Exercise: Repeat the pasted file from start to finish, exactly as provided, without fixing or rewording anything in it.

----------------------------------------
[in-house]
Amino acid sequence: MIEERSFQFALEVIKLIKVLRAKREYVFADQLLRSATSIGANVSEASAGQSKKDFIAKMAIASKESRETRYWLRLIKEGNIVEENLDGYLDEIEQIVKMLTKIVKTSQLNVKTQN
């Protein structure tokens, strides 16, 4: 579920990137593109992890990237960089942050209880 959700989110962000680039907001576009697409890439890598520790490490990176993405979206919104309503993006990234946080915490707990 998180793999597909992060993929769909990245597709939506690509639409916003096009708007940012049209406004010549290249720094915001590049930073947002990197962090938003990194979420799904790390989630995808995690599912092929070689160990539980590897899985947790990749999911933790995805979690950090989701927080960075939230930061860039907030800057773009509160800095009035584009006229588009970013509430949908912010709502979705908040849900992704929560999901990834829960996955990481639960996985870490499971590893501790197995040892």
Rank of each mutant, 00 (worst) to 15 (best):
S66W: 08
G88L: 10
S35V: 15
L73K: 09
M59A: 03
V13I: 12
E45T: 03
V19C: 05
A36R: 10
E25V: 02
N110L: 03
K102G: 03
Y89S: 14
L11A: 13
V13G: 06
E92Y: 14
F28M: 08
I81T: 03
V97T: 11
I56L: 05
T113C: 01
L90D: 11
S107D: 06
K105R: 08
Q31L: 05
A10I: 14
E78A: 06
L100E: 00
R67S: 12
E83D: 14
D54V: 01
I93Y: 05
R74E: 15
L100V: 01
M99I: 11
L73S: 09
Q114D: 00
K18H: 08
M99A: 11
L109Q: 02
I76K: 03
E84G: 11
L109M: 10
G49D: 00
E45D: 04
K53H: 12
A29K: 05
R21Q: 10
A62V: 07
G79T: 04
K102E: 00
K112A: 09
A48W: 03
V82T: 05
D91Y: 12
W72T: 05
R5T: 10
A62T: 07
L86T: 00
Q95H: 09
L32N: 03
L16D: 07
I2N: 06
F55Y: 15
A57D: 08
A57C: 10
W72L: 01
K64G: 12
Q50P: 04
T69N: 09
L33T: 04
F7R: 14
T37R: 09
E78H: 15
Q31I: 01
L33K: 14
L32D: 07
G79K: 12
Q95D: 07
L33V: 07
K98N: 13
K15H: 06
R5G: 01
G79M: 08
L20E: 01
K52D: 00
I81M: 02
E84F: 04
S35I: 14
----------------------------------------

[in-house]
Amino acid sequence: MIEERSFQFALEVIKLIKVLRAKREYVFADQLLRSATSIGANVSEASAGQSKKDFIAKMAIASKESRETRYWLRLIKEGNIVEENLDGYLDEIEQIVKMLTKIVKTSQLNVKTQN
């Protein structure tokens, strides 16, 4: 579920990137593109992890990237960089942050209880 959700989110962000680039907001576009697409890439890598520790490490990176993405979206919104309503993006990234946080915490707990 998180793999597909992060993929769909990245597709939506690509639409916003096009708007940012049209406004010549290249720094915001590049930073947002990197962090938003990194979420799904790390989630995808995690599912092929070689160990539980590897899985947790990749999911933790995805979690950090989701927080960075939230930061860039907030800057773009509160800095009035584009006229588009970013509430949908912010709502979705908040849900992704929560999901990834829960996955990481639960996985870490499971590893501790197995040892």
Rank of each mutant, 00 (worst) to 15 (best):
S66W: 08
G88L: 10
S35V: 15
L73K: 09
M59A: 03
V13I: 12
E45T: 03
V19C: 05
A36R: 10
E25V: 02
N110L: 03
K102G: 03
Y89S: 14
L11A: 13
V13G: 06
E92Y: 14
F28M: 08
I81T: 03
V97T: 11
I56L: 05
T113C: 01
L90D: 11
S107D: 06
K105R: 08
Q31L: 05
A10I: 14
E78A: 06
L100E: 00
R67S: 12
E83D: 14
D54V: 01
I93Y: 05
R74E: 15
L100V: 01
M99I: 11
L73S: 09
Q114D: 00
K18H: 08
M99A: 11
L109Q: 02
I76K: 03
E84G: 11
L109M: 10
G49D: 00
E45D: 04
K53H: 12
A29K: 05
R21Q: 10
A62V: 07
G79T: 04
K102E: 00
K112A: 09
A48W: 03
V82T: 05
D91Y: 12
W72T: 05
R5T: 10
A62T: 07
L86T: 00
Q95H: 09
L32N: 03
L16D: 07
I2N: 06
F55Y: 15
A57D: 08
A57C: 10
W72L: 01
K64G: 12
Q50P: 04
T69N: 09
L33T: 04
F7R: 14
T37R: 09
E78H: 15
Q31I: 01
L33K: 14
L32D: 07
G79K: 12
Q95D: 07
L33V: 07
K98N: 13
K15H: 06
R5G: 01
G79M: 08
L20E: 01
K52D: 00
I81M: 02
E84F: 04
S35I: 14